Potomac Theater Project, in association with Vermont's Middlebury College theater program, launches its 27th repertory season, their seventh consecutive in New York, July 3 to August 4, with two fascinating chestnuts. The company will present at Atlantic Stage 2 the New York premiere of English playwright Howard Barker's crusader epic The Castle and a return engagement of the troupe's 2012 revival of English playwright Caryl Churchill's financial satire Serious Money.
Five-time Tony nominee and two-time Drama Desk winner Jan Maxwell stars in The Castle, her fifth PTP collaboration. At the production's helm is company co-artistic director Richard Romagnoli.
Maxwell says that some of the best experiences of her life have been with PTP in the DC area and here. "I've been fortunate to play some great roles with them," she relates. "They're the only American company I know of that produces Howard Barker's plays. Rob [her husband, actor Robert Emmet Lunney] was in DC in 1989 in the male lead of PTP's The Castle. That's how I became acquainted with the company. Rob suggested I audition. I did and was hired for a month of performances that summer in Georgetown." It was her introduction to the amazingly prolific English playwright Howard Barker, who's had over 65 works produced just in the UK, and that doesn't include radio plays. He coined the term theater of catastrophe to describe his own work. "He's an incredible writer and I love his plays," says Maxwell.
The Castle is described as an epic work, "blasting apart – with humor and violence – the boundaries of desire, pain, and sexuality." After an absence of seven years, a group of crusaders returns home to find authority, religion, and life as they knew it upended. A new society has been established by the women left behind. Battle lines are drawn.
One of the things that drew Maxwell to Barker, she says, "is his ability to write strong, unsympathetic female characters. His plays aren't easy. Many characters are even — dare I say — unlikable. But his writing — whether poetic, dirty, gruesome, sexy, or funny — is brilliant. He can go from bawdy humor to deep love to horrific torture within seconds. His plays aren't easy for actors or audiences. I think that's how Barker likes it. Richard (Romagnoli) is as passionate about Barker as I am. We've worked together so often now, we can practically foresee the spirited discussions, arguments, and battles over the interpretation of the text. But even if we sometimes yell, we actually love and respect each other. We know that ultimately we want what's best for the story. You don't get to be in rooms like that often, and in the big picture I feel lucky to be there, lucky to be doing Barker."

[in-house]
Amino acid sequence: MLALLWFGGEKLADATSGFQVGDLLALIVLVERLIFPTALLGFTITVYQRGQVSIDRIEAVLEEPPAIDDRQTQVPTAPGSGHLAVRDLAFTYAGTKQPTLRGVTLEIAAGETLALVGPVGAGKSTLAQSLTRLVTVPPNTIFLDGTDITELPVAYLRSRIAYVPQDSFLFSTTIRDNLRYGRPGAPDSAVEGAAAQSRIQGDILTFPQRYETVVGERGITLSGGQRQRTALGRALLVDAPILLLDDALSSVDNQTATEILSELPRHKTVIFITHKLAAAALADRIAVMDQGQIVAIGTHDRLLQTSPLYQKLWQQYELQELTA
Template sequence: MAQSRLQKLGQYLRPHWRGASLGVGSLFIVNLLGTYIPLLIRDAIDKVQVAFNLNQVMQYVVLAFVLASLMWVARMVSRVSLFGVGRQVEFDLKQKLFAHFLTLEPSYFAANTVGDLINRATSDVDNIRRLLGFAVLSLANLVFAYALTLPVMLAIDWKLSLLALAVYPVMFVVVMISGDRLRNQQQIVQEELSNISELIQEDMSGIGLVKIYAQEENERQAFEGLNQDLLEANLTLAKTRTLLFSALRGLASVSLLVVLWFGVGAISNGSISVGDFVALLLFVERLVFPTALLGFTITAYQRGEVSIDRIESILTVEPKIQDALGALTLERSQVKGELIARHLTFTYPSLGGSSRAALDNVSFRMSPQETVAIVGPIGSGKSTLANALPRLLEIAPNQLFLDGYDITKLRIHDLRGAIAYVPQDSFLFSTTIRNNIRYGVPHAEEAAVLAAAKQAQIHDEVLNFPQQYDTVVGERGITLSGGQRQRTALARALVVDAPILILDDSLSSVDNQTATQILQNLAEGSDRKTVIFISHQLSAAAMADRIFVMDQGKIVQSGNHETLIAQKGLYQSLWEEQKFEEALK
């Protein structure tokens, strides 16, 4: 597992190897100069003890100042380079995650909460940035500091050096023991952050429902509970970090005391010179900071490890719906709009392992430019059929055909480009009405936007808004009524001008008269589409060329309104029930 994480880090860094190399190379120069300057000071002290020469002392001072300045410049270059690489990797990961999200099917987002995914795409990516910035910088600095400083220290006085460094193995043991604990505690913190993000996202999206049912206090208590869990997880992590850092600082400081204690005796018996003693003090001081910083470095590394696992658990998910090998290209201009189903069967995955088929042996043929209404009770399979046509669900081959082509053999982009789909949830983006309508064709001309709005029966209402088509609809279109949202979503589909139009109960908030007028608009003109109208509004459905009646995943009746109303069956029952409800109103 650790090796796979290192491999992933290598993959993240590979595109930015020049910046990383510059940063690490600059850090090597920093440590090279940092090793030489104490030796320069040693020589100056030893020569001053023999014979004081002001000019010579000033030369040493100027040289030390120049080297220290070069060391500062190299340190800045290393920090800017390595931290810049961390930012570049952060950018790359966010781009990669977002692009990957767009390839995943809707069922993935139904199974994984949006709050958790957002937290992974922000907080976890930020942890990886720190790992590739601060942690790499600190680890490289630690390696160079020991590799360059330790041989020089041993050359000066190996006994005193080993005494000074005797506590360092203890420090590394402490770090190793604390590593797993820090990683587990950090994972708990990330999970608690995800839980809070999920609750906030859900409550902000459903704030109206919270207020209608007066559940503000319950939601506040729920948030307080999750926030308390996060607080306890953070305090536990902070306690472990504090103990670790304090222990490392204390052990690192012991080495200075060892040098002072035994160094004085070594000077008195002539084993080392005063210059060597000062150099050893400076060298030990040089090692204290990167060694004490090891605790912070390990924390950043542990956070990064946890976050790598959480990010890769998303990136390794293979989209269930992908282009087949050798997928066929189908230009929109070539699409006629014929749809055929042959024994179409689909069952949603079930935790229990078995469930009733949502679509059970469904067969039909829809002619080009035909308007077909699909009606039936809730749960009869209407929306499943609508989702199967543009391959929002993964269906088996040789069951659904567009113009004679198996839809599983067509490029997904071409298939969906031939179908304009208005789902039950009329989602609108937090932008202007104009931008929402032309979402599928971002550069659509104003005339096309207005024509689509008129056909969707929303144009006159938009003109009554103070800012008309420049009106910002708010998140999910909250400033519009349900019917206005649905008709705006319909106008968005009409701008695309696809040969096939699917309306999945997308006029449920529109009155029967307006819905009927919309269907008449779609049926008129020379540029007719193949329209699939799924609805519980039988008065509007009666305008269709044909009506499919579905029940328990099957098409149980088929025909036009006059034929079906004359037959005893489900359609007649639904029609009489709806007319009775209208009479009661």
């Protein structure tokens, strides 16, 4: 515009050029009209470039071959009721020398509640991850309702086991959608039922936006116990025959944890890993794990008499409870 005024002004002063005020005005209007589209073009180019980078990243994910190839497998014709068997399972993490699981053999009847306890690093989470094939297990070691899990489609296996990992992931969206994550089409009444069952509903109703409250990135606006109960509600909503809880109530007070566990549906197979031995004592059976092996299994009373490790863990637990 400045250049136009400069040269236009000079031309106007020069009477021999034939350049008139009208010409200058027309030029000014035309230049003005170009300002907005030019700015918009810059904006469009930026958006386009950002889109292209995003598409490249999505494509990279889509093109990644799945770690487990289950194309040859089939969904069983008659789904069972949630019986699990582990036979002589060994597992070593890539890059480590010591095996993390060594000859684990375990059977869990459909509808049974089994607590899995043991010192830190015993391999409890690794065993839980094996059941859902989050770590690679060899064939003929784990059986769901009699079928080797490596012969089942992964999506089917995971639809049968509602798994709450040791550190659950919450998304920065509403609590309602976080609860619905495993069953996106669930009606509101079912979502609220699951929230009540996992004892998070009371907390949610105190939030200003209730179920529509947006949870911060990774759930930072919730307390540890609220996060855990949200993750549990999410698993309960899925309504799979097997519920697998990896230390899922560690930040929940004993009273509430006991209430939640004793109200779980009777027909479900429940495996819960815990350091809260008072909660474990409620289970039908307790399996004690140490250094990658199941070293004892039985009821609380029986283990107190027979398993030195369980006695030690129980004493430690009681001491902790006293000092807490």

In 1998, to spread their love for the playwright, Jan and Rob, in association with Romagnoli, began a reading series, the Barker Project. To date they've produced about a dozen Barker plays. Maxwell is appreciative of the support for PTP from Middlebury College, where the bulk of rehearsals take place. "Frankly, we wouldn't be here without their help. It's also an opportunity for their theater students. They work with us and I'm always knocked out by their passion and talent — not to mention their dedication, hard work, and patience with us old folk! We rehearse for two weeks in gorgeous Vermont, living in dorms and all — then bring the plays into New York."
PTP was founded in 1987 and specializes in political theater. Their mandate, according to Romagnoli "is presenting highly theatrical and thought-provoking work of contemporary social and cultural relevance." He noted that in their 26 seasons, PTP has presented plays about art, pornography, AIDS, homelessness, censorship, totalitarianism, apartheid, and gender wars.
During 20 seasons in Washington, DC and Maryland, PTP produced 75 mainstage productions, earning seven Helen Hayes Award nominations. Since moving to New York in 2007 and becoming affiliated with Middlebury College theater program, the company has produced 15 mainstage productions. Their mounting of Barker's Scenes from an Execution earned Maxwell a 2009 Drama Desk nomination.
Playing in repertory has its ups and downs, she notes. "You do a show, then you're off a couple of days. But it's great to be in rep with Serious Money, such a great play by Caryl Churchill. Both plays are crazy fun and crazy exhausting, so I think rep is the only way we all could survive. One of the ups is that we get to see the other play. Well, except for cast members David Barlow and Stephen Dykes — they're in both. That's Herculean. I bow to them!"